by Eric Carlin, Director, SHAAP – Scottish Health Action on Alcohol Problems
Alcohol increases the risk of cancers of the bowel, breast, liver, mouth, throat and oesophagus and whilst health promotion efforts provide guidance, more is needed to understand the social context of drinking in Scotland. A new study (by researchers from Glasgow Caledonian University (GCU) and funded by SHAAP) has drawn attention to the role that alcohol plays in the lives of lesbian, gay, bisexual and transgender (LGBT) people in Scotland. The aim of ‘The social context of LGBT people’s drinking in Scotland’ study was to explore the social context of everyday drinking in these communities.
The study found that many LGBT people described drinking heavily when they first ‘came out’ and encountered the commercial gay scene, and that there was an expectation they would continue to drink more heavily on this scene than in other contexts as they aged.
Study participants suggested a number of barriers for LGBT people when accessing alcohol services, including the perception that alcohol services and peer support do not provide a safe or welcoming space for LGBT people. These findings have implications for diversity training among health professionals, the need for alternative sources of support for LGBT people with drinking problems, and the need for health promotion around alcohol on the commercial gay scene and to wider LGBT communities.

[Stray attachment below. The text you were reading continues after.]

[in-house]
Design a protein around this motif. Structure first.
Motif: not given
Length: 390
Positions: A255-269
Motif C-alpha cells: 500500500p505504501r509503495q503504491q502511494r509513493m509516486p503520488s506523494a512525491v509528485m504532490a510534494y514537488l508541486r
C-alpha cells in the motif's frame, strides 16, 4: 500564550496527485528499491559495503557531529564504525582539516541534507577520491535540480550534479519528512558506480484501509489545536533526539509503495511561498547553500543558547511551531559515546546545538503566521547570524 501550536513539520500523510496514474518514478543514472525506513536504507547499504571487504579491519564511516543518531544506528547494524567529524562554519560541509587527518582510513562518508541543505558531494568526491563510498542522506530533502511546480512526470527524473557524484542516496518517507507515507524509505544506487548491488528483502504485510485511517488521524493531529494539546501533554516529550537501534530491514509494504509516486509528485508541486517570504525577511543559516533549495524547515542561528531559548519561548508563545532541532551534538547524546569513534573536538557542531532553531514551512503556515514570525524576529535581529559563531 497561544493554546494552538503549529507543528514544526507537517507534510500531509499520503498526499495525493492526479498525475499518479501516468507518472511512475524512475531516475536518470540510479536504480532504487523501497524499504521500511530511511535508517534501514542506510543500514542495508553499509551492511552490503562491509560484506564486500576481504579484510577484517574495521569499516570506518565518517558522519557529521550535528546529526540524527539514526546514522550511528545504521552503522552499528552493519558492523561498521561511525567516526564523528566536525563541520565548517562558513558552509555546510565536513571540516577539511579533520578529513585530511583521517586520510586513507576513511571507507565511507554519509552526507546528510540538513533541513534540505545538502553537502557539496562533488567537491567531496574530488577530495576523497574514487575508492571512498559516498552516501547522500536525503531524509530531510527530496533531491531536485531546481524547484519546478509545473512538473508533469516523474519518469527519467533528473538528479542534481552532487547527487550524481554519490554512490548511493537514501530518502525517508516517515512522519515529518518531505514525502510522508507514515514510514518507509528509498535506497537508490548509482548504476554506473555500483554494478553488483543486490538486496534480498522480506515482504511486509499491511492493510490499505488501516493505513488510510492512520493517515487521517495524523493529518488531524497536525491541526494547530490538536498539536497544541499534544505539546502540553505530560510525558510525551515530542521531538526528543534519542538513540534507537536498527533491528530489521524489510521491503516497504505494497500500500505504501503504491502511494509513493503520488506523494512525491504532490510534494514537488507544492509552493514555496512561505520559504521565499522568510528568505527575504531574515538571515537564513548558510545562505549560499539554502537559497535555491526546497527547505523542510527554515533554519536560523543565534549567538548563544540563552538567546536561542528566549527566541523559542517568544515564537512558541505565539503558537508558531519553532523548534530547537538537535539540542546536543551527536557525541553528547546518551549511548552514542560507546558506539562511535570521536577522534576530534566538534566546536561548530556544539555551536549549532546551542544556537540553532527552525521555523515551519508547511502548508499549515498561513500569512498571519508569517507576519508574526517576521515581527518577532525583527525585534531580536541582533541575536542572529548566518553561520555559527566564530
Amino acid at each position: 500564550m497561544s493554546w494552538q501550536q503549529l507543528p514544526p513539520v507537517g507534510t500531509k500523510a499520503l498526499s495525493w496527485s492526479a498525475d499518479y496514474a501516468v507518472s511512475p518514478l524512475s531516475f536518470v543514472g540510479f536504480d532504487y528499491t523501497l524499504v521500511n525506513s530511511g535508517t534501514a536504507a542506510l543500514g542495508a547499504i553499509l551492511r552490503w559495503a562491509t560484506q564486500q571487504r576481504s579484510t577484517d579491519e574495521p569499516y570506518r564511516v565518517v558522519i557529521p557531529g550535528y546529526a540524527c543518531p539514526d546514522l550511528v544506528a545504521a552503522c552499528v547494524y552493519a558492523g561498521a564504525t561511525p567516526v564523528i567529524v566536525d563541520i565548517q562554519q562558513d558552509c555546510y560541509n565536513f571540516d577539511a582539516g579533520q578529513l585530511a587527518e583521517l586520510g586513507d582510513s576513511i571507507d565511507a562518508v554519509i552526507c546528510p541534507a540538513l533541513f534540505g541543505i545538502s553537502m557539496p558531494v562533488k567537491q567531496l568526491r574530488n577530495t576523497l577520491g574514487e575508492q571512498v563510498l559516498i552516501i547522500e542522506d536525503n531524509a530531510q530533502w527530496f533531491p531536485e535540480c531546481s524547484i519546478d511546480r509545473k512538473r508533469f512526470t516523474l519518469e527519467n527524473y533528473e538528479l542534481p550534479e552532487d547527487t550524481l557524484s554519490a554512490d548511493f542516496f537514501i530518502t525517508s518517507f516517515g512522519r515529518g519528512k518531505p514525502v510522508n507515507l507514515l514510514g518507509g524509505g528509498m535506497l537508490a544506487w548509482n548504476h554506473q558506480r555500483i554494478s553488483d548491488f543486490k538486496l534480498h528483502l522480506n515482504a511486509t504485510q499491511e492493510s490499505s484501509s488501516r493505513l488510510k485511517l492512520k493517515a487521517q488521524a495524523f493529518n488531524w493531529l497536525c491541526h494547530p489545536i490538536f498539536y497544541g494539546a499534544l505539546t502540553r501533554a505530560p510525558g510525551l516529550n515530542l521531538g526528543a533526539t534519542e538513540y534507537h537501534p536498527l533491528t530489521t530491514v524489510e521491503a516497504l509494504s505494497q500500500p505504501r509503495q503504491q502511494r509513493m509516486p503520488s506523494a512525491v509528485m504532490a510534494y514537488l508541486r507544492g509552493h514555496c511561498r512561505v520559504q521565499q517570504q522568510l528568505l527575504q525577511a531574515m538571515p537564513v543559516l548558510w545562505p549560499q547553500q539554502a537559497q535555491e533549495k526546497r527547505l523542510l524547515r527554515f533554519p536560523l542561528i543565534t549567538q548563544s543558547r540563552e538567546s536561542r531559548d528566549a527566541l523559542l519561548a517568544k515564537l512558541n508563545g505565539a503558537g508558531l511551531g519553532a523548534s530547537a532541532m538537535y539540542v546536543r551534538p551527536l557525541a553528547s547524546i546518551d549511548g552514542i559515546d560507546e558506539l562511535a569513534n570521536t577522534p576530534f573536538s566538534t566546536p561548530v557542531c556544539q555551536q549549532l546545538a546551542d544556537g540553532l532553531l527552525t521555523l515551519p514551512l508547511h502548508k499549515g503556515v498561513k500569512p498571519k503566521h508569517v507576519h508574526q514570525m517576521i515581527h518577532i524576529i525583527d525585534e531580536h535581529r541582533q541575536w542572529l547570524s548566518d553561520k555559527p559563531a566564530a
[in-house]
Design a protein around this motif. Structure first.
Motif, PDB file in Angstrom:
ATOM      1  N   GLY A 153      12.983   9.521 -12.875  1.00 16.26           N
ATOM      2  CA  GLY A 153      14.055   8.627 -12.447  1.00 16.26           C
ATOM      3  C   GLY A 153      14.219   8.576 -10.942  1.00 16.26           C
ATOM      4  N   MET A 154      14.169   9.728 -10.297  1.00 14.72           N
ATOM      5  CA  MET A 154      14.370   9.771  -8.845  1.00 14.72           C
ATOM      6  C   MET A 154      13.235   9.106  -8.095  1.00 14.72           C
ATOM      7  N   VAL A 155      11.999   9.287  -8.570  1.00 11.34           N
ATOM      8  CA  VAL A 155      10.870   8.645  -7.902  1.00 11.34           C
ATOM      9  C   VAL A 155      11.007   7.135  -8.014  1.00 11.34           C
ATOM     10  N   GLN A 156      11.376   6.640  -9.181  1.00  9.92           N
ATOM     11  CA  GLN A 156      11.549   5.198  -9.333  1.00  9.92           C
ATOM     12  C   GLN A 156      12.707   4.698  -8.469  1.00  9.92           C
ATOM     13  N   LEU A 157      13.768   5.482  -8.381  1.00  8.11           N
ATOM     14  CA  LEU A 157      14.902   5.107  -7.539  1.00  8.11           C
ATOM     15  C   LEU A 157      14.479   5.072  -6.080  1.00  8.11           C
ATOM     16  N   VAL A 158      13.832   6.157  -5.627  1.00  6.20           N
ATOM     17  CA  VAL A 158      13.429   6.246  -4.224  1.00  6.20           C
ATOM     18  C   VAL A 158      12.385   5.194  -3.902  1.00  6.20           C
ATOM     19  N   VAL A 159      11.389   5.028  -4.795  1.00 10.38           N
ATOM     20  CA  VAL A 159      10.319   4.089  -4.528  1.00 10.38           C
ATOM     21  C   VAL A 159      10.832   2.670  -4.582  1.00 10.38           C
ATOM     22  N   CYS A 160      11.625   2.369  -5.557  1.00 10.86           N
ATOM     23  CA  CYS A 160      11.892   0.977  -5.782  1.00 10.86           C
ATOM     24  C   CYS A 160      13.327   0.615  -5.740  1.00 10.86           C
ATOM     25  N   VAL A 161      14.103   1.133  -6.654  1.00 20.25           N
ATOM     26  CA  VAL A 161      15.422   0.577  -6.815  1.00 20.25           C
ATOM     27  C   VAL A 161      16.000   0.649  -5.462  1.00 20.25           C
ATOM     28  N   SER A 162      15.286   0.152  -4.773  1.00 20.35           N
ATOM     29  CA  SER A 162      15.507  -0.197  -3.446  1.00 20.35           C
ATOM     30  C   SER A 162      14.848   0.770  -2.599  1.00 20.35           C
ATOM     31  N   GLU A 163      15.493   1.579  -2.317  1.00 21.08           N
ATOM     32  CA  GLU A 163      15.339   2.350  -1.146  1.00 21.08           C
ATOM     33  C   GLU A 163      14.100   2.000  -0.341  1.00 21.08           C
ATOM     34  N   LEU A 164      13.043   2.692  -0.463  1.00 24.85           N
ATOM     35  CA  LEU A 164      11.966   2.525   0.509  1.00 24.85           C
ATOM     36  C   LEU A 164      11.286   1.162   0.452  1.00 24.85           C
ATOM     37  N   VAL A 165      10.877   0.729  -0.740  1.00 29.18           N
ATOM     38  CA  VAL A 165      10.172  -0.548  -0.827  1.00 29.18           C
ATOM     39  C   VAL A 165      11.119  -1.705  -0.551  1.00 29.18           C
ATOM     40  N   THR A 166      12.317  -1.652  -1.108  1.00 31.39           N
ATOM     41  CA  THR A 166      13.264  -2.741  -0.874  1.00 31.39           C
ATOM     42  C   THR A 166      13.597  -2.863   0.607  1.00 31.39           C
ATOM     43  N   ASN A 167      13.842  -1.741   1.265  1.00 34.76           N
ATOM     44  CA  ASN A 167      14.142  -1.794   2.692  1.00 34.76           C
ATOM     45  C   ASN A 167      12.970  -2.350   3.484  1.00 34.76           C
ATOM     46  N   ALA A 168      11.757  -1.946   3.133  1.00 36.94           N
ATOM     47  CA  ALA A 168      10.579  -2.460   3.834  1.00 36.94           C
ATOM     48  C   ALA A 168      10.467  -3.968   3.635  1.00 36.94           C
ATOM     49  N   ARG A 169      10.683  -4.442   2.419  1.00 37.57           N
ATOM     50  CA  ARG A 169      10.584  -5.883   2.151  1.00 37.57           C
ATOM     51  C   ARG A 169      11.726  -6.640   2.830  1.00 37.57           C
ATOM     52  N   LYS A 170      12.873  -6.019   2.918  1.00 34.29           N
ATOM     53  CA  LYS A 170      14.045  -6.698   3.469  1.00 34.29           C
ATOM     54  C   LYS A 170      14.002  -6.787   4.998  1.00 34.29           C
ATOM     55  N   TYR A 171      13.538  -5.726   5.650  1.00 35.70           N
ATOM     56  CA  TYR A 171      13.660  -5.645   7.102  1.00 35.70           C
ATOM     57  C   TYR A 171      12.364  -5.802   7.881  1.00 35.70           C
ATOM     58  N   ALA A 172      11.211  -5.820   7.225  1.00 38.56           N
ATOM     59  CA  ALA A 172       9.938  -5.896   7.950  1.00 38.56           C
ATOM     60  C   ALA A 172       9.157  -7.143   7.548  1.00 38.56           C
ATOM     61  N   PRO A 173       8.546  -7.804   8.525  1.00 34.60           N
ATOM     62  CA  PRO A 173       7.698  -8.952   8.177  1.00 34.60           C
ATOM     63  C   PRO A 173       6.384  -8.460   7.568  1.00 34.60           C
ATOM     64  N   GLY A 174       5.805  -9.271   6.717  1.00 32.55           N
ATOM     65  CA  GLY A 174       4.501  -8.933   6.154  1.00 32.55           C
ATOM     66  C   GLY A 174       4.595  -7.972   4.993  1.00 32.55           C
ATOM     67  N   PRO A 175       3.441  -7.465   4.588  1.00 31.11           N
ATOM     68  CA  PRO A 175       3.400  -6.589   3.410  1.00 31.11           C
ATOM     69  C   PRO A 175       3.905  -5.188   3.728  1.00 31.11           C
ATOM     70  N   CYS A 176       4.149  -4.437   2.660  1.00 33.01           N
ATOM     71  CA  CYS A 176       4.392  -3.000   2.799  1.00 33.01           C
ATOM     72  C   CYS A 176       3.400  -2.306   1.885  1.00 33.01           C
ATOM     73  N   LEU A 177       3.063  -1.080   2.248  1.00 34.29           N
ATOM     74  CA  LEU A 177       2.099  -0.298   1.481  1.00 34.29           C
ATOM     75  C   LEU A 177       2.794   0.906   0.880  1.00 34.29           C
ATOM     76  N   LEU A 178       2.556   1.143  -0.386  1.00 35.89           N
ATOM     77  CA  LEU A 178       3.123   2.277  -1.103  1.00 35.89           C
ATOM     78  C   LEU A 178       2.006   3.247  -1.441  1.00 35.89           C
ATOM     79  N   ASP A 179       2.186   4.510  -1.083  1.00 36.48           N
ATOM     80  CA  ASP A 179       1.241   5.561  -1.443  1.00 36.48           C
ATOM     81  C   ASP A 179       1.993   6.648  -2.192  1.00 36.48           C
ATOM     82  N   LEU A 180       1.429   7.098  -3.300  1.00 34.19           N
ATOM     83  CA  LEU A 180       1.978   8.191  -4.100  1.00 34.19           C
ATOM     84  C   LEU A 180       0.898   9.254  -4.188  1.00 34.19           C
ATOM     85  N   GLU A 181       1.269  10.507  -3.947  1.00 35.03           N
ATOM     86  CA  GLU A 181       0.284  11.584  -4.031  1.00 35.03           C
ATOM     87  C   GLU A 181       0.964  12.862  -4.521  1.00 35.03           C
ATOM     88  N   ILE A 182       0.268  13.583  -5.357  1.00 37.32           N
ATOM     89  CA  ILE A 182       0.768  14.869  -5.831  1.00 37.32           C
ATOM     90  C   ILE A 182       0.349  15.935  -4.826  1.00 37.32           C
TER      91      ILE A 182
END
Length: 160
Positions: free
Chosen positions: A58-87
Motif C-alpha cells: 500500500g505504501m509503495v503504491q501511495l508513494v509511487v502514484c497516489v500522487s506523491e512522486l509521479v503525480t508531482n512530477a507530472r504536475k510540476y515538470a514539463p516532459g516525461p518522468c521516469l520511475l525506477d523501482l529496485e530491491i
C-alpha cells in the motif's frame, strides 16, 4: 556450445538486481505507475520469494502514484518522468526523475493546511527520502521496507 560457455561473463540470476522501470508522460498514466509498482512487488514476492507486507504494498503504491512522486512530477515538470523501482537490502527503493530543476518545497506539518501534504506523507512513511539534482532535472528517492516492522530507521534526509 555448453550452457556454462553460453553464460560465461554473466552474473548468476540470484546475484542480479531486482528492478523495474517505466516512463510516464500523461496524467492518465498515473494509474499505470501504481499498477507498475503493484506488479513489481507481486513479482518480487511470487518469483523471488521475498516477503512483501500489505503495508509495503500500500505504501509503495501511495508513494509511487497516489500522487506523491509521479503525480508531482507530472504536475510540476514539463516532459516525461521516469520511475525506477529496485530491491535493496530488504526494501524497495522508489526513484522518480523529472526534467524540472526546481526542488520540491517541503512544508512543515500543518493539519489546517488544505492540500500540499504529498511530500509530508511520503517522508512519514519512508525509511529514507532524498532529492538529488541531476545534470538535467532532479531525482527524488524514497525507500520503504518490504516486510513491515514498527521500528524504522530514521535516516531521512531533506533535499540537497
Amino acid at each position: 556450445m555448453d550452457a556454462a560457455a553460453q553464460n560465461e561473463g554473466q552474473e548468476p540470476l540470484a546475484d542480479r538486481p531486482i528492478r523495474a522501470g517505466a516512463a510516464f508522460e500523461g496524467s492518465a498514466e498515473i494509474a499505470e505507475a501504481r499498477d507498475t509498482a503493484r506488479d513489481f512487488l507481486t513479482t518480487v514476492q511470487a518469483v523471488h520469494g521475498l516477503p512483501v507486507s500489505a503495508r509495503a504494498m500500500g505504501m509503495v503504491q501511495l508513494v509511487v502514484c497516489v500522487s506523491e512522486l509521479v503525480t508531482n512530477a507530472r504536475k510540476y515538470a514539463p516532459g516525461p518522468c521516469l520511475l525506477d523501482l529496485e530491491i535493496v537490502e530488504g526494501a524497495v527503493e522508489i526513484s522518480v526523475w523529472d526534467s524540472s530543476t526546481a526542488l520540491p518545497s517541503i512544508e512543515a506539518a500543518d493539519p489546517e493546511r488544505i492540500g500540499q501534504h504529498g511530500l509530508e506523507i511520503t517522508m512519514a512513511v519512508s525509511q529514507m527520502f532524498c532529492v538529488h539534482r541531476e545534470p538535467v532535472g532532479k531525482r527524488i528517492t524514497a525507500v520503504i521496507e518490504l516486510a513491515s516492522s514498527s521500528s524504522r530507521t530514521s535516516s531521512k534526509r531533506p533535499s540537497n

The research suggested that future work should focus on how alcohol companies are marketing their products to the LGBT community both locally in venues, and nationally and internationally using social and traditional media.
As within Scottish society as a whole, it is important to provide an awareness of alternatives to the automatic assumption that heavy drinking is the norm and to highlight the possibility of changing drinking cultures. Dramatic changes in smoking culture have resulted from national legislation. Similar dramatic health gains may be achieved around alcohol by actions on pricing and restrictions on alcohol marketing and availability.
Lead researcher Dr Carol Emslie, said: “Drinking is central to the commercial gay scene and the alcohol industry is increasingly marketing their products directly to LGBT consumers. We need to make sure there are more places in Scotland where LGBT people can meet to socialise without alcohol, as well as working towards a culture where all groups in society find it acceptable to drink moderately, or indeed to choose not to drink at all.”
Eric Carlin, Director of SHAAP, said: “LGBT people are as susceptible to getting into problems with alcohol as anyone else. However, this study shows that many LGBT people still feel stigmatised and support services can feel intimidating. Hopefully, this report will provide useful insights to reduce barriers to LGBT people accessing support.”
In our first issue of 2016, an update from Obesity Action Scotland on sugar, the benefits of Dryathlon and the confessions of a pedestrian, as well as the usual breakdown of cancer prevention research and news from the Scottish Cancer Prevention Network.